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Home > Research > Publications > Annual Reports > 2000–2001 Annual Report

The Chicago Assyrian Dictionary

2000–2001 Annual Report

Martha T. Roth

The highlight of the year for the Assyrian Dictionary team was the Oriental Institute Annual Dinner, held on Sunday evening, 3 June 2001, which this year honored our long-running project and raised matching funds for our current grant from the National Endowment for the Humanities. The entire staff worked with the Oriental Institute development and membership team to showcase our project. We mounted an exhibit illustrating how a single ancient text finds its way into the volumes of the Dictionary, and another with photographs of Dictionary workers over the last eighty years. After a reception in the galleries, Roth presented a talk to the assembled guests about dictionary-making and the making of the Assyrian Dictionary in particular, which was followed by a sumptuous outdoor feast. We are deeply gratified by the support shown to our project by friends and colleagues in and out of Chicago.

Meanwhile, during 2000/2001 we made significant progress on the P, Ø, and U/W volumes of the Dictionary. The entire 3,735-page printed manuscript for the P Volume has been set as 1,108 first galleys. These pages have been distributed here in Chicago to the members of the CAD Editorial Board (Professors Robert D. Biggs, John A. Brinkman, Miguel Civil, Walter Farber, Erica Reiner, Martha T. Roth, and Matthew W. Stolper) and mailed to our consultants, Professors Simo Parpola of the University of Helsinki and Klaas R. Veenhof of the University of Leiden, for their final comments and corrections. The members of the Editorial Board and the consultants return the pages to editor-in-charge Martha T. Roth, who, with research associate Tim Collins, incorporates their suggestions into a corrected copy which is then returned to Eisenbrauns. Since the first galleys were set directly from our zip disk copy and did not need to be reset, we are skipping the second galley stage and going immediately into page proofs. The first section of the volume has already been returned to Eisenbrauns and has been set as page proofs.

Martha Roth and Tim Collins have devoted much time to editing the Ø Volume. During this process, they examine the manuscript of each word, add new references, and make necessary revisions. After a word is edited by them, it goes to Linda McLarnan for manuscript editing and then to Edythe Seltzer for inputting. The edited words are also sent to Professor W. G. Lambert of Birmingham, England, for his comments and additions. The next stage, final reference checking, will begin only when all the lemmata for the volume have been similarly treated.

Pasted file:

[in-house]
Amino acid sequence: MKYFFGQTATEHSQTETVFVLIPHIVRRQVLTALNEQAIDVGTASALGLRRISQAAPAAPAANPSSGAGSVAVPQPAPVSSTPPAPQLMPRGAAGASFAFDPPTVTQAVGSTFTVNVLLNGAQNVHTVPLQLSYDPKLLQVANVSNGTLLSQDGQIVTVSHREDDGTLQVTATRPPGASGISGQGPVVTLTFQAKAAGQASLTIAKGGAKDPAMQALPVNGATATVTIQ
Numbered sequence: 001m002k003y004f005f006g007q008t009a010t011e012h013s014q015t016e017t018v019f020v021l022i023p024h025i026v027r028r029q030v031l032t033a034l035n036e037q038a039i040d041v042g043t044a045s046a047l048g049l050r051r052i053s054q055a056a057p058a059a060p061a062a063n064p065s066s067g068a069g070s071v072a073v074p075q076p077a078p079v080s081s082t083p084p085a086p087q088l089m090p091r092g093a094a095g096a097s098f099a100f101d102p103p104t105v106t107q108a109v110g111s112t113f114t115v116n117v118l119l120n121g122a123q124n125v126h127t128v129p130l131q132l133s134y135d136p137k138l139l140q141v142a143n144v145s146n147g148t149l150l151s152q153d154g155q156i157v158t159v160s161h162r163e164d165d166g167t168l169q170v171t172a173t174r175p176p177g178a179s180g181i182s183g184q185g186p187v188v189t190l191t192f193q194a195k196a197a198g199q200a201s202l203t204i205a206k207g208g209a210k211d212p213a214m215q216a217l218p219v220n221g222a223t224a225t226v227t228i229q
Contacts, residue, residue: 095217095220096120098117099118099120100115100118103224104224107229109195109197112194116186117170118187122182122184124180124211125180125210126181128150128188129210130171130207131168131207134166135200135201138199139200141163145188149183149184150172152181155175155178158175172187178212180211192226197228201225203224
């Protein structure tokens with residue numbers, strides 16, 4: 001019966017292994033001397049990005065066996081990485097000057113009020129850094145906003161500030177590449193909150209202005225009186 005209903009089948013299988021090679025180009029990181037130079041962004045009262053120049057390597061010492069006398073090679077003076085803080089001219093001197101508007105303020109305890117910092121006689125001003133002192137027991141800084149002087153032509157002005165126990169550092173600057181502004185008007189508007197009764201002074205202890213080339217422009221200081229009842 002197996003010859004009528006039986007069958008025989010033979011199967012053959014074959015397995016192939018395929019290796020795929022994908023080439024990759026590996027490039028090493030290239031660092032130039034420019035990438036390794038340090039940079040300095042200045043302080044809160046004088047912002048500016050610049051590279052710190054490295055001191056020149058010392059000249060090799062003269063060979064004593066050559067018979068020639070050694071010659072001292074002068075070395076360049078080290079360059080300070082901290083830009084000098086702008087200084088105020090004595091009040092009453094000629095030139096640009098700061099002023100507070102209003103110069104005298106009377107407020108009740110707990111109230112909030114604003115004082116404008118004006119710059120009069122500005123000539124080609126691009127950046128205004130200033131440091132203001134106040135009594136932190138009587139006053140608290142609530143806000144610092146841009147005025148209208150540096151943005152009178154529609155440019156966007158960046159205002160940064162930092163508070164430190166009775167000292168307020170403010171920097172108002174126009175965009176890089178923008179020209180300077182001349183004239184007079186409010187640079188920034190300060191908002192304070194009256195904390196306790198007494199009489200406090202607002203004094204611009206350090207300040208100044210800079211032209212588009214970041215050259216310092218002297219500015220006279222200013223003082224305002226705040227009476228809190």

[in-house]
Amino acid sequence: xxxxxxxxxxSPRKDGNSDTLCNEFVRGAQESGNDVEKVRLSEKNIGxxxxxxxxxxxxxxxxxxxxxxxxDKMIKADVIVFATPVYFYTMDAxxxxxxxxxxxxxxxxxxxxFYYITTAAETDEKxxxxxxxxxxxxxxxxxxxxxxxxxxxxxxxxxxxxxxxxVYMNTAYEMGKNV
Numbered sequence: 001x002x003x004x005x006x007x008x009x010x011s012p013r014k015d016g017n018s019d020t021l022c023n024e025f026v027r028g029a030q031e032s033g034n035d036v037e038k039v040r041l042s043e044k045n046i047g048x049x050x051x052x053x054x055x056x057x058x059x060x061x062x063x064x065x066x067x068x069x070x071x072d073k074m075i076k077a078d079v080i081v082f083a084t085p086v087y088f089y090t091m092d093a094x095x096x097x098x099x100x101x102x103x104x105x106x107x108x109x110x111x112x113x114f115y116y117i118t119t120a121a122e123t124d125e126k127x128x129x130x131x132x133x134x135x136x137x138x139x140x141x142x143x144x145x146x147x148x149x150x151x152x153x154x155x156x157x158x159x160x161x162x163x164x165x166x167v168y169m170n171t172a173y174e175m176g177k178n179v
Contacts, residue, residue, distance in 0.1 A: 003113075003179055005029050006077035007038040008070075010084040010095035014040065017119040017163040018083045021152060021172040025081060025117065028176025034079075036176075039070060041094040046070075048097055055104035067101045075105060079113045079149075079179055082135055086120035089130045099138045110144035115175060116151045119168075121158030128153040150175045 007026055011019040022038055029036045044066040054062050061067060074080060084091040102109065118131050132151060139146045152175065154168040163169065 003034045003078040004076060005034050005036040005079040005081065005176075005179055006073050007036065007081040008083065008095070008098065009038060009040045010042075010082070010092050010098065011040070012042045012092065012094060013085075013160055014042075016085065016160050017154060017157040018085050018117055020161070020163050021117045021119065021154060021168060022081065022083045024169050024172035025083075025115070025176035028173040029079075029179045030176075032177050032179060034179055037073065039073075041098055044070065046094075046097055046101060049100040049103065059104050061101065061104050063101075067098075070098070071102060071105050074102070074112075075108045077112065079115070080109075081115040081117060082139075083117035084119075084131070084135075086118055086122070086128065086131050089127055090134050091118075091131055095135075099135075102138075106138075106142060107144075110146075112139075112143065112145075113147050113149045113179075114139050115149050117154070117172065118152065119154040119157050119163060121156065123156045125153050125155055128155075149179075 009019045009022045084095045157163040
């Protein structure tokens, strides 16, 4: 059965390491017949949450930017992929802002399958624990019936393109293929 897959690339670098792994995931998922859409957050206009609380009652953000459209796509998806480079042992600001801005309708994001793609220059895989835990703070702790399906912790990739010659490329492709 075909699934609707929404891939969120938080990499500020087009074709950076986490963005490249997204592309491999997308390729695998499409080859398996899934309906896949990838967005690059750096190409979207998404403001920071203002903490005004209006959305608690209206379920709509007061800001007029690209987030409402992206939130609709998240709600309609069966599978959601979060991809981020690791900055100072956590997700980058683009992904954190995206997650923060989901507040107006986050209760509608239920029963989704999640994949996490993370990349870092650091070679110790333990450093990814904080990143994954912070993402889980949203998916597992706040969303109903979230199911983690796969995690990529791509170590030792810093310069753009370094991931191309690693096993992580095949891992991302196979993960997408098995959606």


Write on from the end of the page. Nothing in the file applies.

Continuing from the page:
Eisenbrauns has now begun setting the T Volume. This volume had been in press with our former printer since 1991, but had not progressed beyond first and second galleys. Fortunately, the entire set of galleys had been read and commented on by the members of the Editorial Board and by our outside consultants. In order to speed the publication of the volume and to avoid diverting our time and attention away from the remaining volumes, we decided to “close” the T Volume, that is, not to add new texts published after the volume originally went to press and to resist the temptation to rewrite or re-edit portions of the volume in light of later scholarship. With this volume we also anticipate going directly from first galleys to page proofs and hope to see the T Volume published in 2002.

During this year we have been assisted by visiting scholar Joan Westenholz, Ph.D., and by research associates Tim Collins, Ph.D., Gertrud Farber, Ph.D., and David Testen, Ph.D. Joan, on leave from her job as chief curator at the Bible Lands Museum Jerusalem, was with us for the springs and summers of 2000 and 2001 writing articles for the final volume of the Dictionary, U/W. Tim has worked on writing articles for the U/W Volume and helping Prof. Roth with the editing of Ø. Gertrud has assisted with queries involving lexical sections. David worked for the Dictionary until October 2000 when he left to undertake a research project on Semitic historical linguistics supported by an American Council of Learned Societies fellowship. Mr. Tucker Bennett and Mr. Edward Schoolman, our immensely talented and helpful undergraduate assistants who work for the Dictionary through the College Research Opportunities Program, devoted their time to entering the Sachs offprint collection into a bibliographic database and to other computer-related tasks.

Revised: June 6, 2007

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